With the help of Bayard the Bloodhound Alice can cover vast expanses of Underland in order to reach the Red Queen’s castle, thus overcoming any previous uncertainty regarding her place in the country. When she arrives at the castle, Alice must construct a fake history in order to explain her presence and so claims she comes from the mythical town of Umbridge. Her performance is designed to obscure the real power Alice holds from the Red Queen. Like Elizabeth Swann then, Alice achieves liberation from gender oppression through shedding her prior identity and embracing traditional forms of active male authority. Despite the acceptance of these women by those in the fantastical space, their authority explicitly privileges whiteness in that it requires the activation of a global vision that seeks to travel, to know, to trick, and to conquer.
Elizabeth and Alice do not merely transition from passive spectacles to active authorities, for there is something special about the authority that they eventually proceed to hold that marks it as different from typical white colonial control. This special authority is alluded to at the films’ beginnings which indicate a connection the aristocratic white woman has with the magical space. It is her lost object and the potential source of her liberation; in turn she is the source of liberation for the oppressed inhabitants of the magical world. Therefore the relationship is symbiotic. This relationship, however, also depends upon female protagonist’s elevation above the pirates/residents of Underland. As such, the narratives suggest, the inhabitants of the fantastical space have to agree to defer power to her. For that to happen, something must differentiate the female character from those in the magical world even though her journey requires the rejection of her prior identity.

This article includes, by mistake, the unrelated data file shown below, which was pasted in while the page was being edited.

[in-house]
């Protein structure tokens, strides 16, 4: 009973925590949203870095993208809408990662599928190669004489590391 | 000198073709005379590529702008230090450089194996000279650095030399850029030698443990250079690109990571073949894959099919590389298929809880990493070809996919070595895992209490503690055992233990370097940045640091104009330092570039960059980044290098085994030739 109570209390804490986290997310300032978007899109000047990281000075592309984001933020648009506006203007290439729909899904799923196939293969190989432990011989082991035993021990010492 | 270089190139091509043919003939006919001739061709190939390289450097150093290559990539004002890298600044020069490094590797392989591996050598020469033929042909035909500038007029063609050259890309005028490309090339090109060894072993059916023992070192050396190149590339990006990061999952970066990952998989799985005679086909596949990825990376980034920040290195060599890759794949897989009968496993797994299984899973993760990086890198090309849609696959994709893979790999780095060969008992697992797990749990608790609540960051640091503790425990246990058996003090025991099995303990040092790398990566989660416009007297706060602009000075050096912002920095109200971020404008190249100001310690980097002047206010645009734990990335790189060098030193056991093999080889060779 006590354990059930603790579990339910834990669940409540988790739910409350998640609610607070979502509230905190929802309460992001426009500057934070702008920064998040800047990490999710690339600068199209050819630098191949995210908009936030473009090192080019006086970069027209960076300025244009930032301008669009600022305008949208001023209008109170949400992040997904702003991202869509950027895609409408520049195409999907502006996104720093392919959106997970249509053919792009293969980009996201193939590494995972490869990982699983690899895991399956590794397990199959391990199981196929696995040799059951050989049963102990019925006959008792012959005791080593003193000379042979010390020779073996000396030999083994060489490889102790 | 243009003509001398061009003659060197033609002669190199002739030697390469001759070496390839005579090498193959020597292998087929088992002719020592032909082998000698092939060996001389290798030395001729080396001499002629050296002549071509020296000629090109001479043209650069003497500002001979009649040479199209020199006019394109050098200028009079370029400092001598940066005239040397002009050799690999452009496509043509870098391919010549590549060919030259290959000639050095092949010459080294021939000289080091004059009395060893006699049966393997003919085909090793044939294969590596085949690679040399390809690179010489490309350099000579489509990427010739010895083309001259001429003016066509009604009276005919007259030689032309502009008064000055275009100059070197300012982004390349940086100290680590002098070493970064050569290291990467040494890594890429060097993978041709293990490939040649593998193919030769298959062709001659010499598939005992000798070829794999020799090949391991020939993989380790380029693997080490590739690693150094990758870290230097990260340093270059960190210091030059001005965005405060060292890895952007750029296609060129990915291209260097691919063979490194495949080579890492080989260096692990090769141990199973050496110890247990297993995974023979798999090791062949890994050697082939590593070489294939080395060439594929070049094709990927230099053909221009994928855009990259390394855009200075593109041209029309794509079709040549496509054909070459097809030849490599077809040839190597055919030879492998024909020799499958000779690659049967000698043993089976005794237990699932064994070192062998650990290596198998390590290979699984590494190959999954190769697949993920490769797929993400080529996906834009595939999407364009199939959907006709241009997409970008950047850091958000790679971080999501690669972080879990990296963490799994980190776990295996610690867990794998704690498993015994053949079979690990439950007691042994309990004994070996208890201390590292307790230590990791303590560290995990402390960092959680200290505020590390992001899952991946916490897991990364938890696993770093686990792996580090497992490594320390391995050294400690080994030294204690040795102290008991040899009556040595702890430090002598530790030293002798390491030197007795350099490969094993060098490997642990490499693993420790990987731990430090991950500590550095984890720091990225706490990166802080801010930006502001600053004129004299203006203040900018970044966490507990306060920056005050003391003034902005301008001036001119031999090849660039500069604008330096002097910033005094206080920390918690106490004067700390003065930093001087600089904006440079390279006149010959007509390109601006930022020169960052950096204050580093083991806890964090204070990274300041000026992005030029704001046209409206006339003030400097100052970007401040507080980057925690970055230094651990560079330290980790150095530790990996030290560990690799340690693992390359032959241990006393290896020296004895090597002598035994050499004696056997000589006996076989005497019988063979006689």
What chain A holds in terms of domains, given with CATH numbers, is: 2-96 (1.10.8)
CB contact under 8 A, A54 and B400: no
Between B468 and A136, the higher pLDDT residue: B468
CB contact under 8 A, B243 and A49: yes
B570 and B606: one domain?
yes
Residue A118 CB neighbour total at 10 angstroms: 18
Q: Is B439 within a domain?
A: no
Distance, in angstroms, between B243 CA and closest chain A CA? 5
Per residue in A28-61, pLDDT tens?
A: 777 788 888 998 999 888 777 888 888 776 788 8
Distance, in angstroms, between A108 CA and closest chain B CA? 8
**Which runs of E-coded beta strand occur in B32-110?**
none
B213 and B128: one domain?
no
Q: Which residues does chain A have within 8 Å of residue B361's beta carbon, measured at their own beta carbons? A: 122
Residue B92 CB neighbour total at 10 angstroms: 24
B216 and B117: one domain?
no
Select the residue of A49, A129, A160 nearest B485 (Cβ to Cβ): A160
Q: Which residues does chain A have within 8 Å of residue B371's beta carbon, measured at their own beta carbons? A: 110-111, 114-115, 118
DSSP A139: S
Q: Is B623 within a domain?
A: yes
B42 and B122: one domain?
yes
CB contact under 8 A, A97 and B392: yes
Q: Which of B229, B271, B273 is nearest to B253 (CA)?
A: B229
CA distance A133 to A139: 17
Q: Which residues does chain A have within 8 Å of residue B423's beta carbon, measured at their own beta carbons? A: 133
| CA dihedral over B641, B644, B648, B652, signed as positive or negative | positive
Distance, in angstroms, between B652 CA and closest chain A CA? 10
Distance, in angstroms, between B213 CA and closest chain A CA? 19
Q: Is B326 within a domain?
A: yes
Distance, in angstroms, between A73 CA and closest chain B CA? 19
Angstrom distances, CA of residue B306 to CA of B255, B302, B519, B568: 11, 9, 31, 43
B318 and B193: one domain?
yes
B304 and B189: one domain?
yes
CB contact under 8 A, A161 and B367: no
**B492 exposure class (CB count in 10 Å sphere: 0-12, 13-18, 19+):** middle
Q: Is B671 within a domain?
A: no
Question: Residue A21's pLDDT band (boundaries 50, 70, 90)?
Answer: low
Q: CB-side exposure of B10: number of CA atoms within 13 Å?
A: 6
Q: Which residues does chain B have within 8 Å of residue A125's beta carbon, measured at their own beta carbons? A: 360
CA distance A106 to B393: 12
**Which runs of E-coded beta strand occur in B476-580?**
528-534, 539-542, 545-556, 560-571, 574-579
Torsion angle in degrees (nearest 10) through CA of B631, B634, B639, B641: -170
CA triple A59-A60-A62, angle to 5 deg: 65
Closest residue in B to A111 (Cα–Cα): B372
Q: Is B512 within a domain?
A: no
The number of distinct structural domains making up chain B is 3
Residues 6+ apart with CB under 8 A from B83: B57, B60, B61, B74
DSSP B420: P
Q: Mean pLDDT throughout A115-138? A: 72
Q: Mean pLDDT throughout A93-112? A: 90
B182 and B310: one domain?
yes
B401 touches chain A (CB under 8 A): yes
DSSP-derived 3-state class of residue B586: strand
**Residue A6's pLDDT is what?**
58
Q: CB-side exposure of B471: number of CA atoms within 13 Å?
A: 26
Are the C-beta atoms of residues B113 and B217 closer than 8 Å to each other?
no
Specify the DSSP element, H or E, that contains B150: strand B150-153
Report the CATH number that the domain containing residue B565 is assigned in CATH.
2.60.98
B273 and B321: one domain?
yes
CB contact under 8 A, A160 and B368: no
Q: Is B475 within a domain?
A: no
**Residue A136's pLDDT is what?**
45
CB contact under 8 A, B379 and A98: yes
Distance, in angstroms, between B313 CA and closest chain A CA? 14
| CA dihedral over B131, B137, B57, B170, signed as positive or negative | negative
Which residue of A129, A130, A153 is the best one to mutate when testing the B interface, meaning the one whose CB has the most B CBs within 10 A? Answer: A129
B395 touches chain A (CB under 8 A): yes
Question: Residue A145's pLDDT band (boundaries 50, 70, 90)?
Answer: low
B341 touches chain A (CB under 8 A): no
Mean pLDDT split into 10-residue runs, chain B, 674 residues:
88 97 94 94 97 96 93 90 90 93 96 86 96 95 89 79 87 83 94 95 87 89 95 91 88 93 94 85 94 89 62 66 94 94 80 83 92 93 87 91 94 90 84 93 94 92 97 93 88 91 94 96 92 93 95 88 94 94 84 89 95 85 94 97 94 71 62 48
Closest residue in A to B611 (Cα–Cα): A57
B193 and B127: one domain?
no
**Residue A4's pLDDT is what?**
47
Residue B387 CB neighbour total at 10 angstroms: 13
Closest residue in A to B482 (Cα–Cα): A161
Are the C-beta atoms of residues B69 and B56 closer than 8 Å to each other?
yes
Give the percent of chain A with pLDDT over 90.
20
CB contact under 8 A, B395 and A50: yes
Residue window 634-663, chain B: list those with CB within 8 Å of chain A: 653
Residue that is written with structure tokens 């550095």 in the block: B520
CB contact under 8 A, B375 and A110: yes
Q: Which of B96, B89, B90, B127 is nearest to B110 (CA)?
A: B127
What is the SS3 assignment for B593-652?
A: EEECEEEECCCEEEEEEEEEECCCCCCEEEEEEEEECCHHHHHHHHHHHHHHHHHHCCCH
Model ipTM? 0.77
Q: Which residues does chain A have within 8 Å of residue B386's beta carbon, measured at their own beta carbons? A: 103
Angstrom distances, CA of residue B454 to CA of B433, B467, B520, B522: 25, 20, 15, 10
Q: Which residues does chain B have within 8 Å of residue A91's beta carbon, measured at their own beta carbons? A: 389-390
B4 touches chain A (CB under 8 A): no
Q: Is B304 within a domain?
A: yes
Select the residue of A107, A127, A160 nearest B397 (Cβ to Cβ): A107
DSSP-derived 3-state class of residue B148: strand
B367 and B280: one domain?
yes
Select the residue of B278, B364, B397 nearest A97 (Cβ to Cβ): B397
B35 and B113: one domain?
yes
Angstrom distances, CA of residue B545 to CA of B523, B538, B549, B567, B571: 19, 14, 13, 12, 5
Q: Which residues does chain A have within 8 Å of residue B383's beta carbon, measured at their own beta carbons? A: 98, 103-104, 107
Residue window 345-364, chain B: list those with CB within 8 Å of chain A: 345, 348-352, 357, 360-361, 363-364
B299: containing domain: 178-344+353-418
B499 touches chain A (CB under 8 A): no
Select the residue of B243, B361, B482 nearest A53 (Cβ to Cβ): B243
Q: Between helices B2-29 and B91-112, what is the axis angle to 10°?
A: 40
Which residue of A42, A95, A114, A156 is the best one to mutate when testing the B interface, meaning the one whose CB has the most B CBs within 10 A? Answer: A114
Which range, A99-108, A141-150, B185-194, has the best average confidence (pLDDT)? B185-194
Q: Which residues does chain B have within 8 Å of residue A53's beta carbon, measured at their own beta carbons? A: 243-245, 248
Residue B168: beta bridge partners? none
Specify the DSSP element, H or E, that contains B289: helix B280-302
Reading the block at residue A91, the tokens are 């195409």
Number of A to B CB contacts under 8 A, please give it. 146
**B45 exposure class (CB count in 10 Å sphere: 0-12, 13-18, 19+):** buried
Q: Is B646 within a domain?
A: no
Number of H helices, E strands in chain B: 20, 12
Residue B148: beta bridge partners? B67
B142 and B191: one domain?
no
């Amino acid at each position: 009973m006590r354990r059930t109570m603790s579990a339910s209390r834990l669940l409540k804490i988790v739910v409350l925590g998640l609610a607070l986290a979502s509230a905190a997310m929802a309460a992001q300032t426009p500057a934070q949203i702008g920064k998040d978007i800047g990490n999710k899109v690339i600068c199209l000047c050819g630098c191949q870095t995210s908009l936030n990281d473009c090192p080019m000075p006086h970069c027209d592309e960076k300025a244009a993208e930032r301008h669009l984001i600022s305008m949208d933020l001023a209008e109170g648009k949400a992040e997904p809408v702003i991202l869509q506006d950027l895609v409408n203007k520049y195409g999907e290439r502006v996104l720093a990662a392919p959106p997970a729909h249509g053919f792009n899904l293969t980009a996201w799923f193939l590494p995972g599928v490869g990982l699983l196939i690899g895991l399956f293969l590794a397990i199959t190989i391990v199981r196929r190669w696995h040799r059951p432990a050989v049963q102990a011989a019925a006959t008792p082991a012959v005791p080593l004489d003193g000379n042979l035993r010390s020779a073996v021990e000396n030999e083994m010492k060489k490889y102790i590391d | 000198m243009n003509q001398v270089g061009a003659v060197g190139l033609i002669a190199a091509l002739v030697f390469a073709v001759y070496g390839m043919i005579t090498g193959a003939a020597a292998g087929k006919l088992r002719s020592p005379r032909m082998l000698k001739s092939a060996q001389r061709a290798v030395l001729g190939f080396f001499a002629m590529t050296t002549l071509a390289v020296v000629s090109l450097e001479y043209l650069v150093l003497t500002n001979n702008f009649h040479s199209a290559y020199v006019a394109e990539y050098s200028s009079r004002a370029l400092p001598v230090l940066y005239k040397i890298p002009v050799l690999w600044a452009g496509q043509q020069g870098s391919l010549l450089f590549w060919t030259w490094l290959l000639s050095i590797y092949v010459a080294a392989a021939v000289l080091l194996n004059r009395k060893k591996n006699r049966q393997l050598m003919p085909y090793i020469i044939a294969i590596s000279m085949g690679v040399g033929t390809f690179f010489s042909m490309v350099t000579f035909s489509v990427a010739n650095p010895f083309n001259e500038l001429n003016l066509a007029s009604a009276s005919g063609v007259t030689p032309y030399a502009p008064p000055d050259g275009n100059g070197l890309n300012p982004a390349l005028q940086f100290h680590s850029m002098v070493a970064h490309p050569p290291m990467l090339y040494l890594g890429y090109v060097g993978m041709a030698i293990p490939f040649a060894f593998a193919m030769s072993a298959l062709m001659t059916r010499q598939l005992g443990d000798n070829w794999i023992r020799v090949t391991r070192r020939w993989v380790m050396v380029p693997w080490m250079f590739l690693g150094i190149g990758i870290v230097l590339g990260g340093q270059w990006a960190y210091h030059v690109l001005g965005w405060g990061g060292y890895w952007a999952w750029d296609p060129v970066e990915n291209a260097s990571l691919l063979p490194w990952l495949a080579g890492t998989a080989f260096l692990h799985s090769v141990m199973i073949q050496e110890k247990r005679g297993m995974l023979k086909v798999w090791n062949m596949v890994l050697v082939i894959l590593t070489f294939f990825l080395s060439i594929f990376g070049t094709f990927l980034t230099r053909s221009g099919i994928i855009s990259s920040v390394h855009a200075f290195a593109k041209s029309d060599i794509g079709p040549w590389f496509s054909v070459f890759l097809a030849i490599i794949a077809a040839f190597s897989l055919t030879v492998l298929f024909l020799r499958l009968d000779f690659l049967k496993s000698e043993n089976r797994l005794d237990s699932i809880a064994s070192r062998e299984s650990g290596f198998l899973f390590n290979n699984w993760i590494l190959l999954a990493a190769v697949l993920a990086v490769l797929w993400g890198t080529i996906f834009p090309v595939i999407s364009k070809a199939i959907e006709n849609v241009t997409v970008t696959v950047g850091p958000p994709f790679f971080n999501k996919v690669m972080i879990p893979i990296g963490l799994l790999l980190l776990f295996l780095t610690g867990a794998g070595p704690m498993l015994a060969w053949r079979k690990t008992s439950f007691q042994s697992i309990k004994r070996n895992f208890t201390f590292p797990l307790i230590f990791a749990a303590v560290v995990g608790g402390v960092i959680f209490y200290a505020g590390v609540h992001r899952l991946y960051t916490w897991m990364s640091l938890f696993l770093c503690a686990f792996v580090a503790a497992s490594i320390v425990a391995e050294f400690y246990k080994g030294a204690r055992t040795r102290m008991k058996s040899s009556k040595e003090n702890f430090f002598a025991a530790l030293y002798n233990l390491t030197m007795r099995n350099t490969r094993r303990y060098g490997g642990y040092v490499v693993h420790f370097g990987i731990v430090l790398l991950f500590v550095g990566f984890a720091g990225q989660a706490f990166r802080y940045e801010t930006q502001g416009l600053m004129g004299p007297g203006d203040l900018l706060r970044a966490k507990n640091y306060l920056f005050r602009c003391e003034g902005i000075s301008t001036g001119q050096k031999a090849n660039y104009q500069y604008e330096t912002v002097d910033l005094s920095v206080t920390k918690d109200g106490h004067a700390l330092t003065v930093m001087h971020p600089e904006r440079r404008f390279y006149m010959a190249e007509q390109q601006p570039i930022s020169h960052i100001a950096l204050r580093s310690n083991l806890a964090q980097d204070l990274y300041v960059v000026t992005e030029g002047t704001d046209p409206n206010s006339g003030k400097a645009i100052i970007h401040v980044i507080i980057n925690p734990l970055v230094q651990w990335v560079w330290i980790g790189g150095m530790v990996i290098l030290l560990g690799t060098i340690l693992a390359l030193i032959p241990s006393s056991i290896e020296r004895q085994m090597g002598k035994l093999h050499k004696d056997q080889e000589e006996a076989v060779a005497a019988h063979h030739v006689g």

In Pirates of the Caribbean: Dead Man’s Chest, the audience comes to realize this difference following an exchange between Elizabeth and Jack. A source of comedy in the franchise is the idea that Elizabeth may desire Jack despite finding him repulsive. An example of such a moment comes when she displays a bad temper after she uses a compass to discover what she wants most and it points to him. In another scene, which more tellingly points out the difference between the two, Jack one day declares to Elizabeth that they should get married because they really are very similar. He theorizes that soon she won’t be able to resist on account of her curiosity and her longing for freedom to act on selfish impulse. Elizabeth denies they are similar, pointing to Jack’s lack of honor, decency and moral center. Although Jack is quite correct in imagining that Elizabeth covets the liberty his lifestyle offers, her reply indicates what she perceives to be the difference between the pirates and people like her and Will, who engage in acts of piracy for the benefit of others. Elizabeth’s moral center, her belief in and willing to fight for a cause, is what elevates her above the pirates who are all out for themselves. It is Elizabeth’s upbringing in a “civilized” white culture that problematically marks out her moral superiority and it is she who has to instil this sense of honor in the pirates in order to unite them.